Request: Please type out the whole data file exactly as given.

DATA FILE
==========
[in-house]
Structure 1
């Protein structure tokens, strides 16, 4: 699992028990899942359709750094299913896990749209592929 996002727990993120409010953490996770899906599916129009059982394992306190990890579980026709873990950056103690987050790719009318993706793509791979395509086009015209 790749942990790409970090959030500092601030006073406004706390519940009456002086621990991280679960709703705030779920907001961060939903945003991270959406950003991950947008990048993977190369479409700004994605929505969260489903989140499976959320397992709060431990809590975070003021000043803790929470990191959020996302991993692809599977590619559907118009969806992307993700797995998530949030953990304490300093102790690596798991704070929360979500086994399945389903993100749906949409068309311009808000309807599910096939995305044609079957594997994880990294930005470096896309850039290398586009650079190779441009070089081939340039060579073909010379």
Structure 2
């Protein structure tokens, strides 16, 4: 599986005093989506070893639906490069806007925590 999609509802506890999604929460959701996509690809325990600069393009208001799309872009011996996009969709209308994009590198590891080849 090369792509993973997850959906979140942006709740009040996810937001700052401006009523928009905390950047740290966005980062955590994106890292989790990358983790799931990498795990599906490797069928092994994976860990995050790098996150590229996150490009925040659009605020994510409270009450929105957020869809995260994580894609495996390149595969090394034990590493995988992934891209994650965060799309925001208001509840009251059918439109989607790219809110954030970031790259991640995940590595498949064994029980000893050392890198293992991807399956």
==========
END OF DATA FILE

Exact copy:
[in-house]
Structure 1
């Protein structure tokens, strides 16, 4: 699992028990899942359709750094299913896990749209592929 996002727990993120409010953490996770899906599916129009059982394992306190990890579980026709873990950056103690987050790719009318993706793509791979395509086009015209 790749942990790409970090959030500092601030006073406004706390519940009456002086621990991280679960709703705030779920907001961060939903945003991270959406950003991950947008990048993977190369479409700004994605929505969260489903989140499976959320397992709060431990809590975070003021000043803790929470990191959020996302991993692809599977590619559907118009969806992307993700797995998530949030953990304490300093102790690596798991704070929360979500086994399945389903993100749906949409068309311009808000309807599910096939995305044609079957594997994880990294930005470096896309850039290398586009650079190779441009070089081939340039060579073909010379």
Structure 2
């Protein structure tokens, strides 16, 4: 599986005093989506070893639906490069806007925590 999609509802506890999604929460959701996509690809325990600069393009208001799309872009011996996009969709209308994009590198590891080849 090369792509993973997850959906979140942006709740009040996810937001700052401006009523928009905390950047740290966005980062955590994106890292989790990358983790799931990498795990599906490797069928092994994976860990995050790098996150590229996150490009925040659009605020994510409270009450929105957020869809995260994580894609495996390149595969090394034990590493995988992934891209994650965060799309925001208001509840009251059918439109989607790219809110954030970031790259991640995940590595498949064994029980000893050392890198293992991807399956």